- To increase our knowledge and understanding, at the cellular and molecular level, of the ontogenesis, structure and physiology of chemoreception and of the cuticle of nematodes;
- To clone and study parasite molecules, components of the chemoreception system and of the cuticle, as potential target for drug and/or vaccine development;
- To study the immune response toward molecularly defined antigens of nematodes;
- To perform pilot epidemiological studies to identify, in the Northern region of Morocco, special communities or situations were nematode infections are more frequent and/or severe;
- To train scientists from European and developing countries in the field of biotechnology as applied to the control of nematode infections.
- We have completely characterised a chemoreception mutant identifying a new gene dyf-1 and have shown that it affects the structure of the amphids, the main chemosensory organs of nematodes.
- We have designed a completely new test for the chemical avoidance response. The test is relatively easy to perform, fast and unambiguous and has enabled us to screen over 150 different chemicals for the ability to trigger the avoidance reflex in C. elegans. Among the newly identified repellents are cupper ions, quinine and other antimalarial drugs. Using the assay described above, we have isolated 13 new mutants unable to avoid quinine. Some of these mutants are particularly interesting in that they apparently have normal cilia and amphidial channels. Two of these mutants do not complement and define a new gene qui-1 that we have mapped genetically on chromosome IV near the gene tra-2. The mutants fail to avoid quinine but are still able to avoid other repellents, including cupper ions and garlic extracts. This finding, together with the apparent normal architecture of the cilia, suggests that the two mutations are likely to affect the receptors directly and not the general functioning of chemosensory neurones.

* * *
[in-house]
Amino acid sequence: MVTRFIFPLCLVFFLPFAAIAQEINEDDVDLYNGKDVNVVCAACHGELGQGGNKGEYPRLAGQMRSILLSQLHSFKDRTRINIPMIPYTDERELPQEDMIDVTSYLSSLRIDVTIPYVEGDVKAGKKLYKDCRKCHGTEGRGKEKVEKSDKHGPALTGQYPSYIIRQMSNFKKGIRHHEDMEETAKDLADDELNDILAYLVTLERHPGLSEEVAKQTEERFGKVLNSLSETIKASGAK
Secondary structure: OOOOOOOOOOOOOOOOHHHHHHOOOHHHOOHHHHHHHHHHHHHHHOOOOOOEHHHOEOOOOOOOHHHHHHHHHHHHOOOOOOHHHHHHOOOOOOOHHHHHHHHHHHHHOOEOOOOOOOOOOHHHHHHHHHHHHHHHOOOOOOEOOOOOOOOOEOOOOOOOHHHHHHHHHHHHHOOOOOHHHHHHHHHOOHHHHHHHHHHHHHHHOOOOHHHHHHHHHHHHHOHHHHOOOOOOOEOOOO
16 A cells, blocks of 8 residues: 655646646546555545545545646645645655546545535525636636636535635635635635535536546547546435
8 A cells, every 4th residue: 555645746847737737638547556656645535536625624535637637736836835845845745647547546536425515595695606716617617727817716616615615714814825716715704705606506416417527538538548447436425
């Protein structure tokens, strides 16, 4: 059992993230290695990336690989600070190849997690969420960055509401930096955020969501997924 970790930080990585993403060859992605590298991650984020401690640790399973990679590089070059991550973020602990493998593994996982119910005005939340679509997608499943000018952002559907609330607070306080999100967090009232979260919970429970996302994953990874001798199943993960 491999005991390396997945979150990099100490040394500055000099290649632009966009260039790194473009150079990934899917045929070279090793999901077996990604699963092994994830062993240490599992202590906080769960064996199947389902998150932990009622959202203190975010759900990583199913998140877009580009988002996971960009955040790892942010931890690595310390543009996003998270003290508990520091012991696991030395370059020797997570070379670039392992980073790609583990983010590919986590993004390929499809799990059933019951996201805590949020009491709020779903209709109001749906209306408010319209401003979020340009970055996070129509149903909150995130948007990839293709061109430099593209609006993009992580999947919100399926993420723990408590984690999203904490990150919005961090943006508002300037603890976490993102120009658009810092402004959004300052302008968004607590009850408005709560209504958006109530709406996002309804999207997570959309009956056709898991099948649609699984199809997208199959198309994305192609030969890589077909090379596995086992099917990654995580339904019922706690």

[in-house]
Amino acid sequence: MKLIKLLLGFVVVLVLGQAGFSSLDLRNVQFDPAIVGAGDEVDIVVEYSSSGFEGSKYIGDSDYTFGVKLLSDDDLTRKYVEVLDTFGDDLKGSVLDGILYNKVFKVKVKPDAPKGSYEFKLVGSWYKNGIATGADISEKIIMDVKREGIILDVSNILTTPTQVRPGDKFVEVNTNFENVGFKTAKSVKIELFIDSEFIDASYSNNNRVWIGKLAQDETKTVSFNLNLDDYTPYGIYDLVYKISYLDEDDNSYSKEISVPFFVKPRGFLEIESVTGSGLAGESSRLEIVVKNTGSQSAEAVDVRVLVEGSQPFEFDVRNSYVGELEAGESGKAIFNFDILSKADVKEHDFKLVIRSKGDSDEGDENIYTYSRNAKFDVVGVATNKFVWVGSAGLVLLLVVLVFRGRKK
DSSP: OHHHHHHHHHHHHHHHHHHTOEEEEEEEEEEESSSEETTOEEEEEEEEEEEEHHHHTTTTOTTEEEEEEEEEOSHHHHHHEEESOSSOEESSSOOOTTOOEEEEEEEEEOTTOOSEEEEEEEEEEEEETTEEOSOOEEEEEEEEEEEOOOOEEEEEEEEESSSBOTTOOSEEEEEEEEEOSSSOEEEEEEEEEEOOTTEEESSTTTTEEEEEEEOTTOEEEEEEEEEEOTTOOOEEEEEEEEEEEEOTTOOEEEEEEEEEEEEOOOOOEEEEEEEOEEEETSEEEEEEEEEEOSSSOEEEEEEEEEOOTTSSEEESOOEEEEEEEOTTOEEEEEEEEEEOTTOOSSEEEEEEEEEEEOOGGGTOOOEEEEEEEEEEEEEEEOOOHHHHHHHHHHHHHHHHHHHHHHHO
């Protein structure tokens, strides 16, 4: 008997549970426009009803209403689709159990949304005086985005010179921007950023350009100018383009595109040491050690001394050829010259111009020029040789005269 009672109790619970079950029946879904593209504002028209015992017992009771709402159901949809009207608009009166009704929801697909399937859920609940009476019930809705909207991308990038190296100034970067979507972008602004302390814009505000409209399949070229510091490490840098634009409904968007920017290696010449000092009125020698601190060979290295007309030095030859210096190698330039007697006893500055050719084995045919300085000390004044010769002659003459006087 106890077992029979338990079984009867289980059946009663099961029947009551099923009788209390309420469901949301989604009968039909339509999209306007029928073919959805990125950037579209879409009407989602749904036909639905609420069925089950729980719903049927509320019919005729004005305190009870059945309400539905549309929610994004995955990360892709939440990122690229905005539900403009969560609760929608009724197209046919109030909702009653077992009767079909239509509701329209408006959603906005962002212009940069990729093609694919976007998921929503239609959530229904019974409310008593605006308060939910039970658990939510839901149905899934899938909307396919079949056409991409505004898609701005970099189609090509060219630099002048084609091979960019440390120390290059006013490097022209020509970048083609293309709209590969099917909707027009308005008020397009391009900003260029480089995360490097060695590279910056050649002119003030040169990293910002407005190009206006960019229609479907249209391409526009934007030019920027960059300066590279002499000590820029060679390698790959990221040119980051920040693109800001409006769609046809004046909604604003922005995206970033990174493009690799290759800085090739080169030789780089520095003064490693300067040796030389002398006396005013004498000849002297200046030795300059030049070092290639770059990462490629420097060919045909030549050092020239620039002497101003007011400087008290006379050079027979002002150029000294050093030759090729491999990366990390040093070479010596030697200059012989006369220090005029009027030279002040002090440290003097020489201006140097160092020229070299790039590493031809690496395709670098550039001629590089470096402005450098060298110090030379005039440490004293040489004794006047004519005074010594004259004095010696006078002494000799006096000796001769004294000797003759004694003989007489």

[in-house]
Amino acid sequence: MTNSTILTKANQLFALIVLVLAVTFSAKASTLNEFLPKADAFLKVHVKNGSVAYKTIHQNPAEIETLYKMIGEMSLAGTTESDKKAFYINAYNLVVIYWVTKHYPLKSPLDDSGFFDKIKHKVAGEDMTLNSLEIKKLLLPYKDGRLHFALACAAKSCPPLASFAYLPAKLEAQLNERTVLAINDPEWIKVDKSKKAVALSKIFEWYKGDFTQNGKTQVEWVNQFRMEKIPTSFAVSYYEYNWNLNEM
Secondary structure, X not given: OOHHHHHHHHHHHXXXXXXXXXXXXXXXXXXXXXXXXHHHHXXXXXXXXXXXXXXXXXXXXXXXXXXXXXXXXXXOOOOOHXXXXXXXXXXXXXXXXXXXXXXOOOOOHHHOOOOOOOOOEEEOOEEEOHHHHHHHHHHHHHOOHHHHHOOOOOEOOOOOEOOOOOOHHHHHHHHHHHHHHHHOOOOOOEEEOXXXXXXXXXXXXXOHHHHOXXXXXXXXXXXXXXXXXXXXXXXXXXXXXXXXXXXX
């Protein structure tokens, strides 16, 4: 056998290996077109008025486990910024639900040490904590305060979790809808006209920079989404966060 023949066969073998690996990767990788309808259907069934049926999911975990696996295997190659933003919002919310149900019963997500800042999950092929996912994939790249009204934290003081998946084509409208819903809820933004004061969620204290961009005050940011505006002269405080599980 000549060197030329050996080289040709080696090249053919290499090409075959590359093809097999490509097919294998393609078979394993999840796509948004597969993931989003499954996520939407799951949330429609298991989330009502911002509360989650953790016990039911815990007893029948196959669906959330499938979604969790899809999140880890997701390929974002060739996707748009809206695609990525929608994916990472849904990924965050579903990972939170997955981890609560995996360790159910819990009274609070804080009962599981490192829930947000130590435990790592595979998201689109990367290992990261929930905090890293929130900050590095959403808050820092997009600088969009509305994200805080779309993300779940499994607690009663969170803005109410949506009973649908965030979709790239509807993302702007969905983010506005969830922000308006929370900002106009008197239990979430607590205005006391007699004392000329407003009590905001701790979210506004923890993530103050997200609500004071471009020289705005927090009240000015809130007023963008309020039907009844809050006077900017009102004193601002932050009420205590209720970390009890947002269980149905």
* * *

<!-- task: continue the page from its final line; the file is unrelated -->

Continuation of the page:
- We have identified and cloned three homologues of cut-1 in Ascaris lumbricoides and at least two in Brugia pahangi. Southern blots with conserved regions have shown that genes homologous to cut-1 are conserved in all other nematode species tried. Together with several cut-1 like genes that have been discovered in C. elegans by the genome sequencing project they represent a new gene family with an important role in making up the protective layers of nematodes. One Ascaris gene has been studied more completely and the whole genomic and cDNA sequences determined. The homology with C. elegans cut-1 is higher than 85% as the amino acid level and like in C. elegans the protein begins with a signal peptide.
- Recombinant Ascaris CUT-1 has been obtained from E. coli expression vectors and used to raise specific antisera in rabbits. Immuno-electron-microscopy has been used to localise CUT-1 and CUT-2 epitopes in nematode cuticles. Determination of the genomic sequences and identification of cDNA clones from Brugia pahangy are in progress in Glasgow.
- Using recombinant CUT-2 produced in E. coli we have studied CUT-2 cross-linking in vitro and demonstrated the importance of hydrophobic interactions in this process, which occurs during cuticle assembly in vivo, and involves the formation of dityrosine bridges between different CUT-2 molecules.
Immune response to gp 30 and filarial antigens
- We performed a series of experiments to establish the cellular and immune response of mice to native gp30 and to a synthetic gp30 peptide that corresponds to a T cell epitope. A variety of immunisation protocols was used :
- mice immunised and boosted with L3 of Brugia pahangi;
- mice immunised sub-cutaneously with 100 micrograms of the synthetic gp30 peptide or with 100 micrograms of native Brugia antigen;
- mice infected with adult B. pahangi by transplantation into the peritoneal cavity;
- mice immunised by footpad injection with the peptide and or the adjuvant alone.
- Sera and lymphocytes from these animals were then analysed for presence of specific antibodies, for proliferation for cytokine production. Sparingly, peptide immunised animals had no detectable antibody response to Brugia antigen, while animals immunised with the native antigen or with worms did. Similarly, lymphocytes from native antigen immunised animals proliferated in response to Brugia antigen but not to peptide while cells from peptide immunised animals did not proliferate in response to native antigen but there was a modest stimulation with peptide. Finally no differences were observed in the expression of any cytokine mRNA from lymphnodes of peptide immunised animals compared to adjuvant only controls.
Funding SchemeCSC - Cost-sharing contracts